The perfect introduction

Published 12:00 am Friday, July 21, 2006

With the pings of aluminum bats, and the roar of the crowd and the endless clouds of diamond dust filling the air, the idea of how to properly introduce myself to the readers of the Demopolis Times became clear.

My introduction is a story of my most humbling moment.

Now, let me preface this by saying that it does involve rec sports and it does involve a baseball diamond and to this day, I’m a walking hardware store because of it.

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I had come back to Alex City after my first year at Troy and had joined a church league softball team and we were horrible.

Now, readers, to give you a picture of just how bad we were we got shelled one night 42-3 in slowpitch softball. We were literally the team that everyone wanted on their schedule.

We were to church league softball what the University of Tennessee was to college football this past season – abysmal.

Ok, the humbling part. I had started dating someone and being well young and dumb I wanted to impress her.

So, I figured that since I was a broke college student, I could impress her with my athletic prowess.

Ladies and gentlemen, let me be honest with you for a moment. Those of you who have seen me around town can tell that I am not built for speed. Well, I wasn’t back in the day either.

The night came when I finally had my opportunity to impress her. We were playing a team that could have been compared to the Atlanta Braves at the first part of the season – unable to make contact with a baseball stemming from their inability to correctly handle and/or operate a bat.

They were, in a word, terrible.

The night’s air was thick with excitement, we were both tearing up the competition with a combined record of 0-23. Someone was going to get their first win of the season and I was going to do my best to make sure it was our team, as I tried to rally the group of 30 and 40 year olds that were on the team with me.

The first two innings were uneventful with both teams putting five runs on the board.

We held them to three straight outs in the top of the second. In the bottom half of that inning, it was our time to make an impact.

With one on and one out and my girlfriend at the time sitting less than 20 feet away from the dish, I adjusted my brand new batting gloves and confidently strode to the plate ready to make an impact.

Let me stop for a second – For those of you who have seen me around, you know I wear glasses.

In this scenario, I hadn’t figured out that I needed them at night yet.

The first two pitches came in too high. The third pitch was fouled off for a ball.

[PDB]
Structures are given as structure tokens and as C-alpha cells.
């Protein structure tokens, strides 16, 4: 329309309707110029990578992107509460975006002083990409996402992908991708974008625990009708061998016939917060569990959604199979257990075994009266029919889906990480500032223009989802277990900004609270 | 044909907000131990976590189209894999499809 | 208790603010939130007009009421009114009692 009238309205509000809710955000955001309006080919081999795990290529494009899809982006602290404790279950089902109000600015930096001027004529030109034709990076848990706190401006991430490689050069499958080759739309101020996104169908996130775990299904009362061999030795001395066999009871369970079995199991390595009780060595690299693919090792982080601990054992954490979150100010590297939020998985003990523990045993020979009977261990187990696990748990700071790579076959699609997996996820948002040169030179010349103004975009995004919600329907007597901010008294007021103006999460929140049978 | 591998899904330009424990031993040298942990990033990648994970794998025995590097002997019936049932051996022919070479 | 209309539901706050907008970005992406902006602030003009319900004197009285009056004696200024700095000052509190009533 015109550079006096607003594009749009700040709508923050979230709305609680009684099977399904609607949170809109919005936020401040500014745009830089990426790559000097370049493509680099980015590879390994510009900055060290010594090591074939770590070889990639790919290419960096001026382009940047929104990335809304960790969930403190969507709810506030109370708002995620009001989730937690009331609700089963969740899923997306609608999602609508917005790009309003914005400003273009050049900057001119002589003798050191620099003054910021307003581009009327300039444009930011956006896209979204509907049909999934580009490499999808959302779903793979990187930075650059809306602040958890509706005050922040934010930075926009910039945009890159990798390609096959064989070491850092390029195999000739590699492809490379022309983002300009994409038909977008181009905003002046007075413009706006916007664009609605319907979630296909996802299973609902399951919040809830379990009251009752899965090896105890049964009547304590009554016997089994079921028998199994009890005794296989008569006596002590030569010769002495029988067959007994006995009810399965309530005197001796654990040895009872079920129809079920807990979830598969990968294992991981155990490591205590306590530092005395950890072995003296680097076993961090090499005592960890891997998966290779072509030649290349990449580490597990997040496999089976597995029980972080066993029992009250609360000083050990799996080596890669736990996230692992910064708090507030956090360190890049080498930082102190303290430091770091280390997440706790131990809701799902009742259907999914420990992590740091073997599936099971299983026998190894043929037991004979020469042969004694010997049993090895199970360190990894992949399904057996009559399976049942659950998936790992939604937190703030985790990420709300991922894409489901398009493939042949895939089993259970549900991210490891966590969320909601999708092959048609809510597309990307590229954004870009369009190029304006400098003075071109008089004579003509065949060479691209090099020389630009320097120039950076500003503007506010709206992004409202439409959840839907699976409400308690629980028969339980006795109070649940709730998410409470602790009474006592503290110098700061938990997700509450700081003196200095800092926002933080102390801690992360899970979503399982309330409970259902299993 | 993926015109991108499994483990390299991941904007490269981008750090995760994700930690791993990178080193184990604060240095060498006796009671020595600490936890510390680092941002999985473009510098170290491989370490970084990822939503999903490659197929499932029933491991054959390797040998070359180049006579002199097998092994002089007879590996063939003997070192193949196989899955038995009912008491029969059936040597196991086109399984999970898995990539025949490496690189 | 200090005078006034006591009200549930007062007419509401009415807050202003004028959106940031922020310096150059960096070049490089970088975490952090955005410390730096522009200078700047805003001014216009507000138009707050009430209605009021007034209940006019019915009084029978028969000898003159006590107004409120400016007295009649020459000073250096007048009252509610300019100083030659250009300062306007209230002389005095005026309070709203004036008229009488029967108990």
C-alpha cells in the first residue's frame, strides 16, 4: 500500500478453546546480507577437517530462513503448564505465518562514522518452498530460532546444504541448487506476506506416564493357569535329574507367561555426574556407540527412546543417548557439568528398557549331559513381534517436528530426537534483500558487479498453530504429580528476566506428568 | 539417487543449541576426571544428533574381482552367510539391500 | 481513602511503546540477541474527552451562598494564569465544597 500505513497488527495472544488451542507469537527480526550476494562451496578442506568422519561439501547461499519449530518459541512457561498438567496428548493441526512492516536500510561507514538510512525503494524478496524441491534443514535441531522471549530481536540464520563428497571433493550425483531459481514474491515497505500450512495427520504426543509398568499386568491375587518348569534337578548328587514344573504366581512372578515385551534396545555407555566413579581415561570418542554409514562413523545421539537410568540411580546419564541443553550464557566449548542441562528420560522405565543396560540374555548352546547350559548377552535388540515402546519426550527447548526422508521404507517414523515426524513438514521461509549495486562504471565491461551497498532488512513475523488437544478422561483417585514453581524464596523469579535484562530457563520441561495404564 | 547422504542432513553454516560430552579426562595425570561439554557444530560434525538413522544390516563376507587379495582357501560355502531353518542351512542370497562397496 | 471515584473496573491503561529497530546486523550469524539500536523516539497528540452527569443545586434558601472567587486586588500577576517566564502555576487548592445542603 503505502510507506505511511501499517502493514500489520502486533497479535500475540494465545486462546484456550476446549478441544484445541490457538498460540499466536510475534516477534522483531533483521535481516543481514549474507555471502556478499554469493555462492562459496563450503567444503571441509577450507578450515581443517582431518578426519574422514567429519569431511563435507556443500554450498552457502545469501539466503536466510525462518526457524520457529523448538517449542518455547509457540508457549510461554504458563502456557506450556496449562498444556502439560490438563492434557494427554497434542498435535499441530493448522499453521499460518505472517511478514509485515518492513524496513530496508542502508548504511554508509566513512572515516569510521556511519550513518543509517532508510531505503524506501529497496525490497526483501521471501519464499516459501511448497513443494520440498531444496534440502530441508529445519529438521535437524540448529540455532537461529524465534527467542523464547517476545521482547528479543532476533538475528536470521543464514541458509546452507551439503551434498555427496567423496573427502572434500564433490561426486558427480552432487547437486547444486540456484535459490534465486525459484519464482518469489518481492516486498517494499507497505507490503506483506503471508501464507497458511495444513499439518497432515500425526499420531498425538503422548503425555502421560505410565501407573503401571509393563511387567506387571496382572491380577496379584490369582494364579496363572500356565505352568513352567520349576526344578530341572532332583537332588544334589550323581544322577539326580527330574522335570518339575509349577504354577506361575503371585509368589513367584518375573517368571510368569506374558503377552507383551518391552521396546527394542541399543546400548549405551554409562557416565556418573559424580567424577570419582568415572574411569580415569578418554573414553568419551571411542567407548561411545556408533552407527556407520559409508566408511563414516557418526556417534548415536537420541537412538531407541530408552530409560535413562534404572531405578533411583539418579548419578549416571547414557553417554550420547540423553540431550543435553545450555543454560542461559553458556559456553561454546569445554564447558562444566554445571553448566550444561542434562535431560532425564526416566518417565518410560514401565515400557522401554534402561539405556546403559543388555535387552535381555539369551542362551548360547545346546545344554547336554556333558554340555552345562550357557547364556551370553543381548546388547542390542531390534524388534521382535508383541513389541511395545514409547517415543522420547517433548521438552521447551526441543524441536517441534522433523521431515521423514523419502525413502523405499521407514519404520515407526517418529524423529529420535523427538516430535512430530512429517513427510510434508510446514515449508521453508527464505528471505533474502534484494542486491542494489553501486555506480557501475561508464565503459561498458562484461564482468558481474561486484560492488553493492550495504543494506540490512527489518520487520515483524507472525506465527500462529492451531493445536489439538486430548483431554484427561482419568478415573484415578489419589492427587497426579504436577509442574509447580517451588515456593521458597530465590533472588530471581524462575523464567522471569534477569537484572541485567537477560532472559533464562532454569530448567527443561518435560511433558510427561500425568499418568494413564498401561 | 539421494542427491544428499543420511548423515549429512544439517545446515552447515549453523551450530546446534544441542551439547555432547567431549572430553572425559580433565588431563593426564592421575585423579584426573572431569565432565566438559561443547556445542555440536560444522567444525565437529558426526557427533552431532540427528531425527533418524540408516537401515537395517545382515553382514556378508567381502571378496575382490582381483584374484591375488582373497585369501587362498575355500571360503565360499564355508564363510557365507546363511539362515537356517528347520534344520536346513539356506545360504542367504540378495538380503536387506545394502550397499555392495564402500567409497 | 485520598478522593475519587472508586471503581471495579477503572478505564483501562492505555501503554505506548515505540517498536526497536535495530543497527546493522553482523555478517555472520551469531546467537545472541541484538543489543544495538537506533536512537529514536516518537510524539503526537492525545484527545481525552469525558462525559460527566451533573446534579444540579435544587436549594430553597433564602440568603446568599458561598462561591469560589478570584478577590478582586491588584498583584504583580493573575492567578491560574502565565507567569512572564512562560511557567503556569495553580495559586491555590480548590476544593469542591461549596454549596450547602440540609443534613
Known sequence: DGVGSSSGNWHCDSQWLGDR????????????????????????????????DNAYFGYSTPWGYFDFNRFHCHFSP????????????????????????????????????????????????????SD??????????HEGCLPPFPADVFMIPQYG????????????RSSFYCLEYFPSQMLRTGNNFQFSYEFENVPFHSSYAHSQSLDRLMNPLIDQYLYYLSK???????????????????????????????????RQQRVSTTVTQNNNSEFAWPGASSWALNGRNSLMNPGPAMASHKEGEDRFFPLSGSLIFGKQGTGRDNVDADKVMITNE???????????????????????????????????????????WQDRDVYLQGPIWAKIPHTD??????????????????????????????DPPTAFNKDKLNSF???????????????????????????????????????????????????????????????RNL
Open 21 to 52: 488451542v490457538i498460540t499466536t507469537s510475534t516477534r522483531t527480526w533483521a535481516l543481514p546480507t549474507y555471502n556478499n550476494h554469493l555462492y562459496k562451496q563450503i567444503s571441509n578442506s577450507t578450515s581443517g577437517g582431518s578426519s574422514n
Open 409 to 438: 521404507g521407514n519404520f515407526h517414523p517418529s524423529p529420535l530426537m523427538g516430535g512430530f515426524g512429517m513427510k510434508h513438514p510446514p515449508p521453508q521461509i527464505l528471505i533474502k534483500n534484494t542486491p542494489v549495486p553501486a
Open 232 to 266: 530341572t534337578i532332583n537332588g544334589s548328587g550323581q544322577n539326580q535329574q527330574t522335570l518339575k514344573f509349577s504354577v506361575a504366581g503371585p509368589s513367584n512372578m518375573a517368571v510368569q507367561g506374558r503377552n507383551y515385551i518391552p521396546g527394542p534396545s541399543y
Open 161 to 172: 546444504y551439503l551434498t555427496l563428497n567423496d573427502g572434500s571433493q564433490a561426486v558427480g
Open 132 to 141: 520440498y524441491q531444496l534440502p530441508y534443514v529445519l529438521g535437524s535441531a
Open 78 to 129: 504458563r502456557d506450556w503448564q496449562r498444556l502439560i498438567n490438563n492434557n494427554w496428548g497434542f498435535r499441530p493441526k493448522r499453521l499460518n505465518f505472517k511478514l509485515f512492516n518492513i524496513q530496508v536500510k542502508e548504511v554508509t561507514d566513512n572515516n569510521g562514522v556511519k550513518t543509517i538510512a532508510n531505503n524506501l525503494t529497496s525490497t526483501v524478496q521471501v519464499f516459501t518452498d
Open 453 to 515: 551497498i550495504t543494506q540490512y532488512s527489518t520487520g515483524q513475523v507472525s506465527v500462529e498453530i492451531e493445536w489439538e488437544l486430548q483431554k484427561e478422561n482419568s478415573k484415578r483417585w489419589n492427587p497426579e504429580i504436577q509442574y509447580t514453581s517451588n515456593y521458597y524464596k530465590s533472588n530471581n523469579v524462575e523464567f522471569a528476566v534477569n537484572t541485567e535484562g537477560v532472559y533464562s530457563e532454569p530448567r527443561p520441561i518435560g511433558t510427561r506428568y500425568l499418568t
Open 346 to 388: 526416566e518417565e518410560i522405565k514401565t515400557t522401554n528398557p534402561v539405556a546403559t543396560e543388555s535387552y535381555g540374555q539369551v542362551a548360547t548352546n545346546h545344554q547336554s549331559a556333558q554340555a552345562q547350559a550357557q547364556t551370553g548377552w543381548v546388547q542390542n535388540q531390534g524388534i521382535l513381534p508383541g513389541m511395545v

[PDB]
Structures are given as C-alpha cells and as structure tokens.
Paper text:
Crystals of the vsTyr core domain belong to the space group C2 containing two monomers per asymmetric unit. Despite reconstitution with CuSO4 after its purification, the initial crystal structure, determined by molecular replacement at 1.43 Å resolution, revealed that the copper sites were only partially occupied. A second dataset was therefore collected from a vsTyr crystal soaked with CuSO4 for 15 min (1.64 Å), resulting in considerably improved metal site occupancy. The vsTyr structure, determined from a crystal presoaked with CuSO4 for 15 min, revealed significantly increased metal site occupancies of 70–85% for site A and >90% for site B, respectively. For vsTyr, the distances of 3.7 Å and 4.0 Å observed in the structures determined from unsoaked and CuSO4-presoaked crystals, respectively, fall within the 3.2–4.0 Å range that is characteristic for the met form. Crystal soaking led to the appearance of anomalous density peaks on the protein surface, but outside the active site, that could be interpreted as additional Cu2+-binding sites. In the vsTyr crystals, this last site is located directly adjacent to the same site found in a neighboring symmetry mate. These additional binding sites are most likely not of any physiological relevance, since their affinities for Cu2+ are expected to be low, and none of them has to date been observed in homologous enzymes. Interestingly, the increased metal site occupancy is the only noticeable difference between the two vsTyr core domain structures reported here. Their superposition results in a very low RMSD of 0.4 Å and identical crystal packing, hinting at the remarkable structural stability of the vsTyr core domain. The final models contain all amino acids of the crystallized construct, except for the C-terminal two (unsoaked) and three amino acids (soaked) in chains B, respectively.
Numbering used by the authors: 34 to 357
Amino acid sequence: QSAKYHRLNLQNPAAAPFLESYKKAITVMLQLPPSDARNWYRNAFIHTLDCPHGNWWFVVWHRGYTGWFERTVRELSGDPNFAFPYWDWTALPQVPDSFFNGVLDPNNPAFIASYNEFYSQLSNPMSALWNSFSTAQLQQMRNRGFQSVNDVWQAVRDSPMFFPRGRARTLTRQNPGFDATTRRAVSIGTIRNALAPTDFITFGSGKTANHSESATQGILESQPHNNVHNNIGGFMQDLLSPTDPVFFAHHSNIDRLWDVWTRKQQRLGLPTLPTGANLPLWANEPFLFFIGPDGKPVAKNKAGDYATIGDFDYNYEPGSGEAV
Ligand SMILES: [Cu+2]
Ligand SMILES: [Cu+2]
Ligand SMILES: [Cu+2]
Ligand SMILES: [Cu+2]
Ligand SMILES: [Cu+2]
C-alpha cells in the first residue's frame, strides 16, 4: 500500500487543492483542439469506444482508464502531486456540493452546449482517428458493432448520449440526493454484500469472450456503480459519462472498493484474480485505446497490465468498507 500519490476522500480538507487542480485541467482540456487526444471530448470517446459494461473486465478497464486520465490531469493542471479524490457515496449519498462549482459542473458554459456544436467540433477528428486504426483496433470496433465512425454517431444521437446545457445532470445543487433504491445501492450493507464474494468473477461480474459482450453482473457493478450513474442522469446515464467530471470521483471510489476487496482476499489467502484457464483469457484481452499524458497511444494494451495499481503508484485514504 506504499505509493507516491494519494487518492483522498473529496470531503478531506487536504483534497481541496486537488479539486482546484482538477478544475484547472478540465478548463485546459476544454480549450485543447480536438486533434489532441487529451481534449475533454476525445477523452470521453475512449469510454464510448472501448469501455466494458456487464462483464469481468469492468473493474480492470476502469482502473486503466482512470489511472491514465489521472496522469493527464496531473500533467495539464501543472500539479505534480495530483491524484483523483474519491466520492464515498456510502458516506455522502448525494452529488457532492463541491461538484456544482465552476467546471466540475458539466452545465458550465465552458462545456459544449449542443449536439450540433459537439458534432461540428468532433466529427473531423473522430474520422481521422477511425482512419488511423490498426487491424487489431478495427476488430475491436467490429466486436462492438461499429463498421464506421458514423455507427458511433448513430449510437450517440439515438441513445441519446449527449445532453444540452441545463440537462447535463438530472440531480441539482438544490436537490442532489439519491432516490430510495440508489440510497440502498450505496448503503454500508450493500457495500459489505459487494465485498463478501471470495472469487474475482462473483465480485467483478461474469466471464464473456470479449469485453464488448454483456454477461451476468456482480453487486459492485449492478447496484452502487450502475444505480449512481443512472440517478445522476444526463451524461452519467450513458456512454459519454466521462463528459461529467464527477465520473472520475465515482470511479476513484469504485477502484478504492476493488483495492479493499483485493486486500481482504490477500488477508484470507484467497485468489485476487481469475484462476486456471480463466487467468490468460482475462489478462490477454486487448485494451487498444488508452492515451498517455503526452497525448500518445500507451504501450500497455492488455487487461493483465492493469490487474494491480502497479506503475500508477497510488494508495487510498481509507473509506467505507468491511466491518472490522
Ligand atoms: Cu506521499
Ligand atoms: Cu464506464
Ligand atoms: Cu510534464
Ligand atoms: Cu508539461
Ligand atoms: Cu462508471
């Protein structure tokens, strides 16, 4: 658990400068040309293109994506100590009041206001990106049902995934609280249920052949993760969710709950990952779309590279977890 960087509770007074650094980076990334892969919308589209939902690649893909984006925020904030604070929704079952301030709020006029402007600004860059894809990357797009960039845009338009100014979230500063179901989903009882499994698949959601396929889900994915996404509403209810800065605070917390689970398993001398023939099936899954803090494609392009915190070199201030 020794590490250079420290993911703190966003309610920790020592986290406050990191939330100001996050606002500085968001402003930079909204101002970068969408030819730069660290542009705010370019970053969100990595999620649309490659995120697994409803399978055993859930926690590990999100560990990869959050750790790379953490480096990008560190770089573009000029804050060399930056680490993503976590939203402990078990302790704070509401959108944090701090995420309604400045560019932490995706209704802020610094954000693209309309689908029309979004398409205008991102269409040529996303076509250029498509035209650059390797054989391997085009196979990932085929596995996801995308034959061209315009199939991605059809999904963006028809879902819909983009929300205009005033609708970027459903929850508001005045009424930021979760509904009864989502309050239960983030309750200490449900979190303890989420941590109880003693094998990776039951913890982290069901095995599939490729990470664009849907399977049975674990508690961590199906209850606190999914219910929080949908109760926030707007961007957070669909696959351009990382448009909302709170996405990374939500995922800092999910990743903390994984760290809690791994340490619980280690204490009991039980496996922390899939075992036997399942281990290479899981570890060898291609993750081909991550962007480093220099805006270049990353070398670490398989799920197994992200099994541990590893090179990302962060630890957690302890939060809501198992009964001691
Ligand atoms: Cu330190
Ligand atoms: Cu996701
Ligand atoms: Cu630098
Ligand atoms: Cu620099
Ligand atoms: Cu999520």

I readjusted and stepped back in for the fourth pitch.

It was a perfect slowpitch softball pitch, just the right amount of arc and just the right amount of spin.

I figured that a pitch like this should be addressed with the perfect slowpitch softball swing. I stepped into and heard that sweet ping when bat meets ball.

I sprinted out of the box figuring the ball had to have been blasted a country mile. I quickly made the turn to head for second partly due to youthful exuberance and partly due to my mistaking the basecoach’s screams of “Woooo!, wooo!, wooo!,” for “Gooooo!, Gooo!, Goooooo!”

After spltting the difference between the two bases in full stride it became blatantly evident that the ball wasn’t hit a country mile, not even a country yard. It had bounced just over the short stop.

I was dead to rights out at second.

Once again, the youthful exuberance came into play. I decided if I was going to be out by a mile, I’m at least going to look goood doing so.

I sprinted to the bag as the leftfielder flipped the ball to the shortstop.

The shortstop, who was an ordained Methodist minister flipped the ball to second base as I hit the dirt.

Now, at this point in my life it dawned on me that I should have paid more attention while we were having sliding practice in Dixie ball.

My spike caught in the dirt and due to the torque combined the with whole unrelenting force versus an immovable object equation – something had to give. I never realized it would be a bone.

Only I didn’t know it at the time. I rolled, and rolled and rolled a couple of more times before finally stopping on the other side of second with a crowd of folks standing around me.

I felt my ankle roll and thought that at worst, I had just dislocated it. It wasn’t until I attempted to stand and walk it off that I realized something was incredibly wrong.

I attempted to put weight on it. It was an attempt that was unsuccessful.

Through clinched teeth and fighting back tears I sat there for a second trying to figure out how miniscule I would look crawling across the diamond.

“You need CPR,” the Methodist minister asked.

“That’s not the end I’m worried about,” I replied through clinched teeth.

I was helped off the field and into the car with a one-way ticket to the emergency room.

Two days later I had surgery to fix the “extreme trauma that had occurred to my left leg.”

I had broken my leg, destroyed my ankle and then on top of everything else, sprarined my foot.

The orthopod on call put things back together with a 12″ steel plate and a screaming lot of screws, 10 to be exact.

Replaying the scenario in my head reminded me of the lesson youth brings – think things through thoroughly. I realized that no matter how great I thought I was at the time, ignoring the small details will come back to bite you.

It’s that simple.

Griffin Pritchard is the editor of the Demopolis Times. His column will appear every Saturday. Griffin can be reached by email,, or by phone at 334-289-4017.